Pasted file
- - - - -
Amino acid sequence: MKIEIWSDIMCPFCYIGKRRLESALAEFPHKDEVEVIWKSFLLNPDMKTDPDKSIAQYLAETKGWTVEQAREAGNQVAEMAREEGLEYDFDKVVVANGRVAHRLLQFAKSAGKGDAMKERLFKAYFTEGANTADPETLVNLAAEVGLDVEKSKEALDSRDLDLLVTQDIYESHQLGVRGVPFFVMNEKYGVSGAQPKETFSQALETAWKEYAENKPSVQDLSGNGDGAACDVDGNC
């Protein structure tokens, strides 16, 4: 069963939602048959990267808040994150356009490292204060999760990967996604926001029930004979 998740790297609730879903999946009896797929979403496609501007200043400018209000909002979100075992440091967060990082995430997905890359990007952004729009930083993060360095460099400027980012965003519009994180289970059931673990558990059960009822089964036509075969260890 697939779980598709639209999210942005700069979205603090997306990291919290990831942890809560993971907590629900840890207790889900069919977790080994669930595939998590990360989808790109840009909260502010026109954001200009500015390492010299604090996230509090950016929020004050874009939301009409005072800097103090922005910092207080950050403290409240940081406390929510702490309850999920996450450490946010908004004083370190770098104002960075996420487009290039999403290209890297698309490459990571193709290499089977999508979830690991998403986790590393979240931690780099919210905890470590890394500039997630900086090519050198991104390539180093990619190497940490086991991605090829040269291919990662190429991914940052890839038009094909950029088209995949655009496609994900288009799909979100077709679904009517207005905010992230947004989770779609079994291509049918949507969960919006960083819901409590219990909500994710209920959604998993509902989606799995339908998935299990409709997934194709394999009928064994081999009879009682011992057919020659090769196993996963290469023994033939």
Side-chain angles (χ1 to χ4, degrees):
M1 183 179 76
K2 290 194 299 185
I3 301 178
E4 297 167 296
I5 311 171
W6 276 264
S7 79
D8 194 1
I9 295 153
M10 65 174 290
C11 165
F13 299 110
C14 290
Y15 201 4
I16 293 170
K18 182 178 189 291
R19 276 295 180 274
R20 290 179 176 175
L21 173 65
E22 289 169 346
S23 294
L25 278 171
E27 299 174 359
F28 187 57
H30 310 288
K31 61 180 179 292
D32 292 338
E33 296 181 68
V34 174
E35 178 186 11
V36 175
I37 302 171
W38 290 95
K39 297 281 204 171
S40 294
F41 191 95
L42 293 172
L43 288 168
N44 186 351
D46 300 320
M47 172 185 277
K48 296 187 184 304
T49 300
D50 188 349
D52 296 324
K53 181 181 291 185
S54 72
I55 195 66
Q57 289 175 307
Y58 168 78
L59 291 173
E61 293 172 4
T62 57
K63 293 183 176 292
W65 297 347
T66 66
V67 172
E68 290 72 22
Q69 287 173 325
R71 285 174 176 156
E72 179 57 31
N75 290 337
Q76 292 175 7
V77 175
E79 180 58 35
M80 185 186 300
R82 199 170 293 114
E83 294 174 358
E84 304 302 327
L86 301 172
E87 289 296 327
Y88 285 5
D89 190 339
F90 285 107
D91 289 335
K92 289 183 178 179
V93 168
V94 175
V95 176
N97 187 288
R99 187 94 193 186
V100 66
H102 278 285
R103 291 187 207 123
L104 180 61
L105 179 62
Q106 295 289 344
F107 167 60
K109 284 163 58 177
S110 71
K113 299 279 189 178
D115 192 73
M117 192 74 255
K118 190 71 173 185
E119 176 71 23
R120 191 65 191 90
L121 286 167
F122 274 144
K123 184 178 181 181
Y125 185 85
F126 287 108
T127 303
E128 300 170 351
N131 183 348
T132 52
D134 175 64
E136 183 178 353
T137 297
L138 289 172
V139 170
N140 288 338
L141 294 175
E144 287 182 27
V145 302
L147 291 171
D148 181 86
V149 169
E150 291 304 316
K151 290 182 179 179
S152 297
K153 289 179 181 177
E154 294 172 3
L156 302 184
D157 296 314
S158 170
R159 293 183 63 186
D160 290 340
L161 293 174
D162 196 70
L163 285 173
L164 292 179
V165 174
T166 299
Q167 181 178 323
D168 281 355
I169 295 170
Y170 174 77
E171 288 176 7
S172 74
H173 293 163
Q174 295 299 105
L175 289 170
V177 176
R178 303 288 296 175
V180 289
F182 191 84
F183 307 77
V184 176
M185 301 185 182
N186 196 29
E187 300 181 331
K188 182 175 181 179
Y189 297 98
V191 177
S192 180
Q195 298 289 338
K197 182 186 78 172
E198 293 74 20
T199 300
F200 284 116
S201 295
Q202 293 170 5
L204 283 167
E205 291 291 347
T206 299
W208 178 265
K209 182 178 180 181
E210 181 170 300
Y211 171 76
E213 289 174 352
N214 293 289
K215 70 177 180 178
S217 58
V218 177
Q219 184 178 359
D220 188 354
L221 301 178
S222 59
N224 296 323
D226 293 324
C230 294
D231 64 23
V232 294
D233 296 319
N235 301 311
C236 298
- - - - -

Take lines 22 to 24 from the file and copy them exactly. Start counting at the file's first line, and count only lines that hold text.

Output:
L21 173 65
E22 289 169 346
S23 294